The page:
Inside, the large, round, three-prong steering wheel is chrome and wood with the famed yellow and black prancing stallion in the middle, right where an ugly airbag cover would be today. The instrument panel is simple and straightforward, with buttons in large font advertising “Lights,” “Wiper,” “Fuel,” and “IGN” (short for ignition), and the like.

The GTO doesn’t have a speedometer, which apparently is for rookies or those with learner’s permits. “The GTO is a race car, so RPMs and gearing are more important than speed,” says Greg. “So you know you’ve got 8,000RPM red line and five gears in the box so how fast are you going? Maybe 175 miles an hour?” he chuckles.

The race car doesn’t have an odometer either. It’s nearly impossible to guess the miles, so Greg doesn’t even try; when a Ph.D. of applied mathematics from Harvard doesn’t want to calculate a number, neither do I.


The huge floor-mounted gear shift lever is reminiscent of a slot machine pull – lucky you! - and the bright chrome gearbox has no markings. No doubt one figures out where reverse is (top left) and the five gears in very short order. There is no padding on the inside of the cabin. The door release is reminiscent of a loosely strung rubberized laundry line. The seat shells are authentic but the fire extinguisher tag is up to date.

The windows are thick pliable plastic, which can and should be removed as there’s no heating, ventilation, or air conditioning. Really, there are no creature comforts at all. Apparently, noise, vibration and harshness weren’t a concern for race cars back in the 1960’s, even for a vehicle deliberately designed to sustain the grueling 24 Hours of Le Mans.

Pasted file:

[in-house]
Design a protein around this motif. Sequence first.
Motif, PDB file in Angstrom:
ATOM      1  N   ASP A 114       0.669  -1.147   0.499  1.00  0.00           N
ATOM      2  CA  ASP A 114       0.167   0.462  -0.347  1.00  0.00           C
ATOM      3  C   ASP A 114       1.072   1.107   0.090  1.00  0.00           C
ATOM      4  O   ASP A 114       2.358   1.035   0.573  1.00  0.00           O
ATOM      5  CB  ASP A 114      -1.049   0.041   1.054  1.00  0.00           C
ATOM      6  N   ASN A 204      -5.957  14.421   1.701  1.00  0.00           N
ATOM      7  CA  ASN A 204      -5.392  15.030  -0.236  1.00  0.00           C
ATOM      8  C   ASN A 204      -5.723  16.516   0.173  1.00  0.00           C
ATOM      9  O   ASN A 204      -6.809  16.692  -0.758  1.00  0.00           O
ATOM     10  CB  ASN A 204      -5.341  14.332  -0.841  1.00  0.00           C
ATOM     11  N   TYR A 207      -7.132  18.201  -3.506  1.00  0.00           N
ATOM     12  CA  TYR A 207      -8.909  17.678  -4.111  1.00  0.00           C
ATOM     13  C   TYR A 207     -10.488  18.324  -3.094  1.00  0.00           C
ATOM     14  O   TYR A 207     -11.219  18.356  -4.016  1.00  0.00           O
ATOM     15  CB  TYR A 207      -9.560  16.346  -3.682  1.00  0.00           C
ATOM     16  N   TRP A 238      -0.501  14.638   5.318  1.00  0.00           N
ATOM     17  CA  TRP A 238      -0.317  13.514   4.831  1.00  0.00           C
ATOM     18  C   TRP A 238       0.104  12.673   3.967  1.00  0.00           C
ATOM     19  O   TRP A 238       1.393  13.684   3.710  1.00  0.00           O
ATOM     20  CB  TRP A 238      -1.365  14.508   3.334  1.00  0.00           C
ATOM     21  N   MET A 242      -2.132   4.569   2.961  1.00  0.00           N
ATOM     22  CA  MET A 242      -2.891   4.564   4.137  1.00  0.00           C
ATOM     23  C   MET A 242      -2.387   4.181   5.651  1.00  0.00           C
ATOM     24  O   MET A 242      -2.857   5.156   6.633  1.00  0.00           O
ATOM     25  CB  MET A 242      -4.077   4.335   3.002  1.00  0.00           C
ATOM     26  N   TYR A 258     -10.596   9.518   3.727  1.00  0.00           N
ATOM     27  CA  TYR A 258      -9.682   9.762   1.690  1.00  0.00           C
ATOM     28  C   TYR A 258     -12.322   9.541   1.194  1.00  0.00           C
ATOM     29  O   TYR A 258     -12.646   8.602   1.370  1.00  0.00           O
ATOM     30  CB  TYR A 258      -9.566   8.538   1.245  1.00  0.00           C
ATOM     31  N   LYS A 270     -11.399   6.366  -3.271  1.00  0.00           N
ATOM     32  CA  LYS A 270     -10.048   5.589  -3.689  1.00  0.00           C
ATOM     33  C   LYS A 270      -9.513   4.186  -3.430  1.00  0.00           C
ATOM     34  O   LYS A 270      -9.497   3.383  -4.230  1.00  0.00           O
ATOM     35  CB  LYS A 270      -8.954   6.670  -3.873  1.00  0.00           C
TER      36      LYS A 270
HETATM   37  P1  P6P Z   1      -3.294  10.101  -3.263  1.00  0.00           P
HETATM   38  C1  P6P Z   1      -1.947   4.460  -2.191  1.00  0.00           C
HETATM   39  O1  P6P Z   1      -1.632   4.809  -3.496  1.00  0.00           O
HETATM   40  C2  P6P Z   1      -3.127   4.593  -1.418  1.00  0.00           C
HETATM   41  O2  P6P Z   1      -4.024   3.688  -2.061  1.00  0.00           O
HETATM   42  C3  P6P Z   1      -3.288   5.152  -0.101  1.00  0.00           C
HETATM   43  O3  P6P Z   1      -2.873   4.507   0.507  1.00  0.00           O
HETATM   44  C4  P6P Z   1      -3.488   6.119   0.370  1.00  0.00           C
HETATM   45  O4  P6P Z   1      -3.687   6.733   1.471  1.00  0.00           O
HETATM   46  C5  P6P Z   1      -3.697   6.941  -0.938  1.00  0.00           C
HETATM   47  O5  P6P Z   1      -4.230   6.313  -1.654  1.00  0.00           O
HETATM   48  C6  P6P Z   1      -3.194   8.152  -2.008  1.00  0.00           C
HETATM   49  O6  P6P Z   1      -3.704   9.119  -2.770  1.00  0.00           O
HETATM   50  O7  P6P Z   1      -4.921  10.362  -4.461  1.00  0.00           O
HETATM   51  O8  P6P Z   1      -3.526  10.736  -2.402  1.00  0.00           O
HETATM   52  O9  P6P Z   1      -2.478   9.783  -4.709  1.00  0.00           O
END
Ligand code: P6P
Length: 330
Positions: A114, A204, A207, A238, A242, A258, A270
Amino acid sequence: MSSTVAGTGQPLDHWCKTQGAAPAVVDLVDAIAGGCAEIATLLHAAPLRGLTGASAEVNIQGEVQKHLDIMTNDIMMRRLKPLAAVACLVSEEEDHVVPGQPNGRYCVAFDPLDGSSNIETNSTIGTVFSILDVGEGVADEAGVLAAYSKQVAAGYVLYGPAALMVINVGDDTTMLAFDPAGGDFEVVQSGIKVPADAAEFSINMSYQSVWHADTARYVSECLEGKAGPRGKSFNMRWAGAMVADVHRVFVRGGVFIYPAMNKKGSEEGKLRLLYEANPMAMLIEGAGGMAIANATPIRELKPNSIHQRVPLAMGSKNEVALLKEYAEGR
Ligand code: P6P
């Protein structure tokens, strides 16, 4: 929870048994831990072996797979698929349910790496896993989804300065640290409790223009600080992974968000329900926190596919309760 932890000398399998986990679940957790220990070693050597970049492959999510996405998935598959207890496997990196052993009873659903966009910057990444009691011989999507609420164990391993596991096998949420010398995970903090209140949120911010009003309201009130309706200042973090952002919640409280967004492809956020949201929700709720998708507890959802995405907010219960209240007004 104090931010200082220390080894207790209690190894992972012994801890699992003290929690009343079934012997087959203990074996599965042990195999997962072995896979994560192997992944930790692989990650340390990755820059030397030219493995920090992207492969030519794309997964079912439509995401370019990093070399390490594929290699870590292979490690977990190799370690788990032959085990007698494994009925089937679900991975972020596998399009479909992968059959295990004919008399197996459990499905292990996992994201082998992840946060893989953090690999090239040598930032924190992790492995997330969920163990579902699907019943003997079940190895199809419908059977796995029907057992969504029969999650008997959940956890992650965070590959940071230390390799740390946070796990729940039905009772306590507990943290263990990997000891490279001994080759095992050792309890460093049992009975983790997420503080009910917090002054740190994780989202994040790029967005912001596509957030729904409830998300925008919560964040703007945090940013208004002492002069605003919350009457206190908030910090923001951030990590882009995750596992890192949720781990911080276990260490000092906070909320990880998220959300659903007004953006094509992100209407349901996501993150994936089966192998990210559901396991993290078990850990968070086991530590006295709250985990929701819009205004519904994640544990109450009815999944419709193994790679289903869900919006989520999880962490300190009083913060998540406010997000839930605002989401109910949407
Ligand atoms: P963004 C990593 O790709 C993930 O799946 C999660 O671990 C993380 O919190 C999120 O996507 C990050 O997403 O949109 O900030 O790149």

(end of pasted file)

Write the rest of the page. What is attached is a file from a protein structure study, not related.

It’s never a bad day at the office when helmets are involved, so I strap one on and climb into the passenger side of the 250 GTO. Greg suits up in a racing suit, gloves, and helmet, folding his 5’10” frame into the pocket rocket. “I’m not six feet. It’s OK. I fit into race cars better,” he tells me, laughing.

I ask him how many people have driven the 3413. "Not too many," he says, and I get the feeling that's an understatement and today isn't my day, which is OK because, well, $45 million. Greg lights up the SOHC 3.0 liter V12 engine, which roars to life through the six Weber carburetors and screams out through the four chrome exhausts. Greg depresses the clutch, which he’s never had to replace, and that huge gear shift lever goes smoothly into first; lucky guy indeed.

“The GTO is just a great car. If you aren’t driving the car hard, it feels rattly and unsettled. As soon as you get the car on cam and really start pushing it, the car just settles down. You really get the feeling of why the GTO is so special,” Greg says.

As we traverse around The Ridge, the aforementioned drivability of the 250 GTO and Greg’s significant driving skills are immediately apparent. The car eats up the curvy track quickly. The lack of creature comforts is completely forgotten as I’m transported into another time and place. The flow of the car on the track is rhythmic, the steering, gearbox, and brakes perfectly orchestrated. The roar of the engine surrounds the cabin, providing a symphony of sound and reminding me that this is a very, very special ride.

We continue zooming around the track, taking the mini corkscrew – an homage to Laguna Seca – at a healthy clip and zipping right through the long straightaway with grace and elegance. Predictably, the famous Pacific Northwest skies start spitting rain, and the single wiper aptly cleans only the driver’s side. The 250 GTO never loses traction, never hesitates in the wet, again a testament to its racing heritage and Greg’s quiet hands on the wooden wheel.